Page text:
29 Apr Britain Shows Fledgling Signs of Economic Recovery
Britain is showing signs of economic recovery from the COVID-19 pandemic as it gradually relaxes its latest lockdown measures, according to a range of timely and forward-looking indicators.
The world’s fifth-biggest economy shrank by almost 10% in 2020, a more severe slump than almost all its European peers after it locked down later and for longer than many of them.
But helped by the fast rollout of COVID-19 vaccinations, it is in the process of lifting its third lockdown while other countries in Europe have recently tightened restrictions.
Non-essential retailers in England reopened on April 12 along with pubs and restaurants operating outdoors, and from May 17 restrictions will be lifted further to include indoor hospitality, performances and sporting events.
Here are some of the first signs that show the easing of lockdown is helping the recovery.
Data from online hospitality booking service OpenTable show a recovery under way following the reopening of restaurants for outdoor service.
Bookings were last down around 35% compared with their level in April 2019, roughly the same as in December before the start of the latest lockdown, the figures show.
A recovery cannot come soon enough for the hospitality sector, one of the hardest hit by the pandemic. Output in the accommodation and food sector during February stood 58% below its pre-pandemic level, according to the latest official data.
JOB ADVERTS RETURN TO PRE-PANDEMIC LEVEL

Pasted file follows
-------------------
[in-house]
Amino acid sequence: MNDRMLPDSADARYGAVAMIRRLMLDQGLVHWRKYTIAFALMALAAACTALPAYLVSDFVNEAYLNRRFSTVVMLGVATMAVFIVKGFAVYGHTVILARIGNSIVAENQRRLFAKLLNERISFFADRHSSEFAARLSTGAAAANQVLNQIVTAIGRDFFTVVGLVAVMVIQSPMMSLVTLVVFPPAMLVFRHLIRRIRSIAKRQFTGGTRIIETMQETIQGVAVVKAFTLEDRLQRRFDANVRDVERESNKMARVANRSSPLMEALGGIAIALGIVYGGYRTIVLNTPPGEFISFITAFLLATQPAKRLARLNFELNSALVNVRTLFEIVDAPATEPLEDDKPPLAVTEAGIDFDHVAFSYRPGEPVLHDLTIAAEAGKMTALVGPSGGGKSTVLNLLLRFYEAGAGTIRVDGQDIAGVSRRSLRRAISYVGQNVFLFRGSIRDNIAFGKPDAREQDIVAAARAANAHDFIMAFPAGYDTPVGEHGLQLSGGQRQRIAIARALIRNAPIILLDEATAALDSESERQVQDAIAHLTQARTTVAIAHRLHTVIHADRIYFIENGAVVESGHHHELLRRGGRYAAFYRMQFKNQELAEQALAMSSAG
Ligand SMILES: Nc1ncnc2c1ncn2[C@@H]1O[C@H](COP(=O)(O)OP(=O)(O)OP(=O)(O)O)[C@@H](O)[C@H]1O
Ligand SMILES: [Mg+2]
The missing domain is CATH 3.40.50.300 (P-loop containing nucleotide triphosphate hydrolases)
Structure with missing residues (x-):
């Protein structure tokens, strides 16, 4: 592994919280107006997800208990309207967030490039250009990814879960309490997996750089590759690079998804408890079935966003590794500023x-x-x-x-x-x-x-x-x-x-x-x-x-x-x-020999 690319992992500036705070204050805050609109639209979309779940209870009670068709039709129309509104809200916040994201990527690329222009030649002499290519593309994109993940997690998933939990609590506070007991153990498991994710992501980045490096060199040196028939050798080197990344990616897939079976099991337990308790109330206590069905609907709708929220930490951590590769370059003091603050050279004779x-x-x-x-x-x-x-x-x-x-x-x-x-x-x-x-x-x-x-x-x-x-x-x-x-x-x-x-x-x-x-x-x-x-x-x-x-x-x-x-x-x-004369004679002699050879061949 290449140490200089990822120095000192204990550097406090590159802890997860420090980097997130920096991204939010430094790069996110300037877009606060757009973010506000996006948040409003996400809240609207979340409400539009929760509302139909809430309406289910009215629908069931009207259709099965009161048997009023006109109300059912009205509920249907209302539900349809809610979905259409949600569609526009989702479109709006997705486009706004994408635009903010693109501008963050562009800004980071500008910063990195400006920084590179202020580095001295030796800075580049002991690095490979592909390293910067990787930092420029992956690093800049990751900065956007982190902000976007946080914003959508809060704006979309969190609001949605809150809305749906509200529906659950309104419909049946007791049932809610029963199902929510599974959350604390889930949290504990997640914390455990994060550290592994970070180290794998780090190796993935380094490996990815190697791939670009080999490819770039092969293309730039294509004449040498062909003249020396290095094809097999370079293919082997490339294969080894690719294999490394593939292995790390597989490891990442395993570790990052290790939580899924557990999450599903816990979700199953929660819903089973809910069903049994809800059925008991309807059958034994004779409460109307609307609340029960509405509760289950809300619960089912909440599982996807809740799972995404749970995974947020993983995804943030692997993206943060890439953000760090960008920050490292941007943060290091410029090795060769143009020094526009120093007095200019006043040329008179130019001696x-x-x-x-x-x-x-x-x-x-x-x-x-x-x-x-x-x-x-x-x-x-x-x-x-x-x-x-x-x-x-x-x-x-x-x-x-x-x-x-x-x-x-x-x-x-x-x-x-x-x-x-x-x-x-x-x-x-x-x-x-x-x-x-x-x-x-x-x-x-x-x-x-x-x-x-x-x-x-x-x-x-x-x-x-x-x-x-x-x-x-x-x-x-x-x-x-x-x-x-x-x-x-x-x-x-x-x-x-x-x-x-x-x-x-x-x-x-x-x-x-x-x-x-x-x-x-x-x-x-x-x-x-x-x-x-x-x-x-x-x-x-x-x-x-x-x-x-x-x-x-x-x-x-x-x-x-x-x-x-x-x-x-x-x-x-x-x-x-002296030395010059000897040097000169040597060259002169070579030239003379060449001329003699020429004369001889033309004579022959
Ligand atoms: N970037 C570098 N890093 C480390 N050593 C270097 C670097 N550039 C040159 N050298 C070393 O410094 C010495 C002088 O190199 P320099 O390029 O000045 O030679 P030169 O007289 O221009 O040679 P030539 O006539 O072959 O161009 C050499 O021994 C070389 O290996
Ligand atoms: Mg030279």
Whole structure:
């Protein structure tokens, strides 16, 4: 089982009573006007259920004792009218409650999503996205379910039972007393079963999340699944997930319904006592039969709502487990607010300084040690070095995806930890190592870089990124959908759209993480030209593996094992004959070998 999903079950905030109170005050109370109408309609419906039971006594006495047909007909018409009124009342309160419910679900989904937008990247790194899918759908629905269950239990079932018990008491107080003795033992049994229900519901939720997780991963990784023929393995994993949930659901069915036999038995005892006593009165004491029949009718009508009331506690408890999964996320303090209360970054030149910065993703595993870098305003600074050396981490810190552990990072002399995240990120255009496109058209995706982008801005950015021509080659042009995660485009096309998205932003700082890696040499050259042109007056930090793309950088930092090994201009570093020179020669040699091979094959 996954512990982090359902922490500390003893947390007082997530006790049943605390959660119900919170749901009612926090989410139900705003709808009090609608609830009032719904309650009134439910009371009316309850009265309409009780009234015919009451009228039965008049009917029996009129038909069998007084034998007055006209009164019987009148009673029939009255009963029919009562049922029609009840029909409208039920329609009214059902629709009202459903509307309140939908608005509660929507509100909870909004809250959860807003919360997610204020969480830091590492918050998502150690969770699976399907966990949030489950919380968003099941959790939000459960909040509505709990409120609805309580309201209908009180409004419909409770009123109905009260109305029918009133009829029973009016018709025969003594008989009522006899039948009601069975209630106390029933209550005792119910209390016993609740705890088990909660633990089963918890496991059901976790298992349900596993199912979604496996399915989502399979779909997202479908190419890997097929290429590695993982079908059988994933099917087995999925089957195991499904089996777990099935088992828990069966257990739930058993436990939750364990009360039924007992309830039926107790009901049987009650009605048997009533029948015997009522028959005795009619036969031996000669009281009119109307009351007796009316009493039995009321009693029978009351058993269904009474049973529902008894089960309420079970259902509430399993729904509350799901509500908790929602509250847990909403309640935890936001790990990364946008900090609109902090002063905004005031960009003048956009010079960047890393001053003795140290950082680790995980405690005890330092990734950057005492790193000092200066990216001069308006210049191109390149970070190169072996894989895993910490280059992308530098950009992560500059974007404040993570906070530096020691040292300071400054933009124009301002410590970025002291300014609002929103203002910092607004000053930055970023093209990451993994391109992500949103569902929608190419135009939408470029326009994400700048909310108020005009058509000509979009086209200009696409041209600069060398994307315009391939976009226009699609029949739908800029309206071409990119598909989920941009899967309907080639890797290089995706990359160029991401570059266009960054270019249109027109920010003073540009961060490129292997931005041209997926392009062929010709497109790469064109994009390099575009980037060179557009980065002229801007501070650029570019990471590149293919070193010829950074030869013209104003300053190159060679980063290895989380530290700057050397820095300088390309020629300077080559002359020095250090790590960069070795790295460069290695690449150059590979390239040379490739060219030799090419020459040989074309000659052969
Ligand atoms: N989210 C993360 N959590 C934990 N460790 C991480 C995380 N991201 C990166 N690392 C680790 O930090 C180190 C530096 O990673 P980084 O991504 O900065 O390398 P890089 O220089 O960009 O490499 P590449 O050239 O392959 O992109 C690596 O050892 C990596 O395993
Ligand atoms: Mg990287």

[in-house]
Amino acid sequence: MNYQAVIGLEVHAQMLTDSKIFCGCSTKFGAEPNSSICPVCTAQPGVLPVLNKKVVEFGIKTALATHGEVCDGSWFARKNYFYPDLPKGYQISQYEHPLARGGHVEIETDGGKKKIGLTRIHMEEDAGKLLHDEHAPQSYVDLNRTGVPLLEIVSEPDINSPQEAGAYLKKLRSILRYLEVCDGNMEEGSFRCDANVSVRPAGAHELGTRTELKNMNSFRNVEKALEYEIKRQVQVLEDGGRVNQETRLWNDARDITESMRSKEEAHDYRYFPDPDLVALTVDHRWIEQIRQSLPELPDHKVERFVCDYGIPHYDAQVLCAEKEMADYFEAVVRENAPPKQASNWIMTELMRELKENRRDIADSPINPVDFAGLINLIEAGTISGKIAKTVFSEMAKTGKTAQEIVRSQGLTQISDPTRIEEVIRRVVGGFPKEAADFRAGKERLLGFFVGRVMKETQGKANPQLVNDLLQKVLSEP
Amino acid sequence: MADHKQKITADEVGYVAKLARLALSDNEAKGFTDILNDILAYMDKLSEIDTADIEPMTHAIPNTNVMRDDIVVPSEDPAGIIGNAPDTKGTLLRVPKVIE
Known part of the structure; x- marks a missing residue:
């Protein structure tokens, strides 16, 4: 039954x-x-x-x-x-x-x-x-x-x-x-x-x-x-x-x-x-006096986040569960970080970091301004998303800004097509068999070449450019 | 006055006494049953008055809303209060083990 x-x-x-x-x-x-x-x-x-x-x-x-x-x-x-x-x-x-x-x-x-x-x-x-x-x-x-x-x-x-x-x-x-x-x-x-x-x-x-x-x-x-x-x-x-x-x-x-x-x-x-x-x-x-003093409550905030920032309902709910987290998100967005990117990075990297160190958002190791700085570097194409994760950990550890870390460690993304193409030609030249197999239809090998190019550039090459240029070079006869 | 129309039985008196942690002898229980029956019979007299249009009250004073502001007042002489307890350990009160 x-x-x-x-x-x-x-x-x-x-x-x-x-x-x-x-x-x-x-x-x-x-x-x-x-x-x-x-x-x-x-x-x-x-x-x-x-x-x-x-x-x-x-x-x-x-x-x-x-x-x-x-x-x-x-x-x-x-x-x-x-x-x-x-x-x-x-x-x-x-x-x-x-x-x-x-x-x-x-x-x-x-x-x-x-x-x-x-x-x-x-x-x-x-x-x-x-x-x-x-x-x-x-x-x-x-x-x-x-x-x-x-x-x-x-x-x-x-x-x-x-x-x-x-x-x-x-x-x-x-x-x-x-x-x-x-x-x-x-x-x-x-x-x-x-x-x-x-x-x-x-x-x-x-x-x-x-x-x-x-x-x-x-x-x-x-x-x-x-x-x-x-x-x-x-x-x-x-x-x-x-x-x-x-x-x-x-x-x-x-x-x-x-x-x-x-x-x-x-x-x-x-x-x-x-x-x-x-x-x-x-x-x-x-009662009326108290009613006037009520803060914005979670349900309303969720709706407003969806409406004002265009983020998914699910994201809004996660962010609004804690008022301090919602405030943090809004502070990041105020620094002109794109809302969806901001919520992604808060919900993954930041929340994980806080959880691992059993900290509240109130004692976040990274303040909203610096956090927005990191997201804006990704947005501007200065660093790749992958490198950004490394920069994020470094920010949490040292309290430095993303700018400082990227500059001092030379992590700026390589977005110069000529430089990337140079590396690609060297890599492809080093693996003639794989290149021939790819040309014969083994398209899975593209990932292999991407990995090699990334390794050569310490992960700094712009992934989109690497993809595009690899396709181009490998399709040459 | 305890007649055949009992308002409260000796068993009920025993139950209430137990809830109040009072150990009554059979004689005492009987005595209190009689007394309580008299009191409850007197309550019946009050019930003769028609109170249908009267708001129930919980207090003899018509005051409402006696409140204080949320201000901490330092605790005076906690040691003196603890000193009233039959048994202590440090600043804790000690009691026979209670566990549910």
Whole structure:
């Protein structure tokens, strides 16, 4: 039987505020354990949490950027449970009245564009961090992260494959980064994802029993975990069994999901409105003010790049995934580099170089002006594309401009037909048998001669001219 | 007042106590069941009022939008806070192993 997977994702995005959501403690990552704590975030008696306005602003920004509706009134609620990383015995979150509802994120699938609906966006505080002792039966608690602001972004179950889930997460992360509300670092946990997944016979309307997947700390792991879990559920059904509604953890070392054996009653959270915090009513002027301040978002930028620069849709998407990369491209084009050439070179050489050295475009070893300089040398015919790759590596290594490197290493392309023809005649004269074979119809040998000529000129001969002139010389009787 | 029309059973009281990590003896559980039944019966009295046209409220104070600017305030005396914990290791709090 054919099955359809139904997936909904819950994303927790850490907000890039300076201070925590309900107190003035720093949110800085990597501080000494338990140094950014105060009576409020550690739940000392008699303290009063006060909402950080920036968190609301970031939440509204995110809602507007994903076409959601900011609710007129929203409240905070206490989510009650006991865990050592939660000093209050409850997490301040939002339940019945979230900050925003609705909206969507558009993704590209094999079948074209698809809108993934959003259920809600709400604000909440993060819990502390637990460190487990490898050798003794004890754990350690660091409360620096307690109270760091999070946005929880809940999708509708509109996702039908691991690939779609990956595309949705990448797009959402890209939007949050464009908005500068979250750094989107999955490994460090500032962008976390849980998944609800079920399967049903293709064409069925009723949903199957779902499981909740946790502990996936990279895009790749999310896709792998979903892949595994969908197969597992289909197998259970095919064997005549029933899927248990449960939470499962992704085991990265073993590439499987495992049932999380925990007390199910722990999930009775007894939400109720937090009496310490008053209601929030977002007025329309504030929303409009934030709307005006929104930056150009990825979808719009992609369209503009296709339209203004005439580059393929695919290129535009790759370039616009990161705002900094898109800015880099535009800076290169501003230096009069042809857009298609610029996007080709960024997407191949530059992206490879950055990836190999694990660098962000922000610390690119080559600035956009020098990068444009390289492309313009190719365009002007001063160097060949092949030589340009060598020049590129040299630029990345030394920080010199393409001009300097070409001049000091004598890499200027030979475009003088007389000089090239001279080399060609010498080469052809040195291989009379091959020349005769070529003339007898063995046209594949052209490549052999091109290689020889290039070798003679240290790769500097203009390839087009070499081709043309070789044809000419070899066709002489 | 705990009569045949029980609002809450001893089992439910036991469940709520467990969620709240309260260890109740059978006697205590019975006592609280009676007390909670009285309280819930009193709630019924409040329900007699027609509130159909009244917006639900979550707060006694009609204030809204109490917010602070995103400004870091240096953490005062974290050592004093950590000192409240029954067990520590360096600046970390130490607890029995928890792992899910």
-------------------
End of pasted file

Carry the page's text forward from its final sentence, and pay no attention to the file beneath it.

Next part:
The volume of job adverts posted on the online Adzuna platform has returned to its pre-pandemic level, a potentially promising sign for a recovery in employment.
Still, conditions in the labour market remain far from normal. The number of payrolled jobs were more than 800,000 below pre-pandemic levels last month, according to official data published on Tuesday.
Some 363,000 people are classed as long-term unemployed after having been out of work for a year or more but with a similar number in the six-to-12-month bracket, that figure could soon rise sharply.
INFLATION SET TO RISE
Most economists think inflation is almost certain to rise later this year, although views differ on whether it will prove to be transitory.
Reports of rising cost pressures among British businesses are more widespread than at any point in the past four years, according to the IHS Markit/CIPS PMI survey. Similar moves in the past have been followed by a rise in consumer prices.
OPTIMISM SWEEPS BOARDROOMS
More finance bosses from British companies are saying they are upbeat about their prospects than at any time since accountancy firm Deloitte began surveying them in the mid-2000s.
However, such surveys say little about the magnitude of any economic upswing. Whether the optimism translates into a surge of investment and hiring remains to be seen.
And with the COVID-19 pandemic flaring up again in other parts of the world, these early signals of economic recovery in Britain may turn out to be fragile.
Reporting by Andy Bruce; Editing by Nick Macfie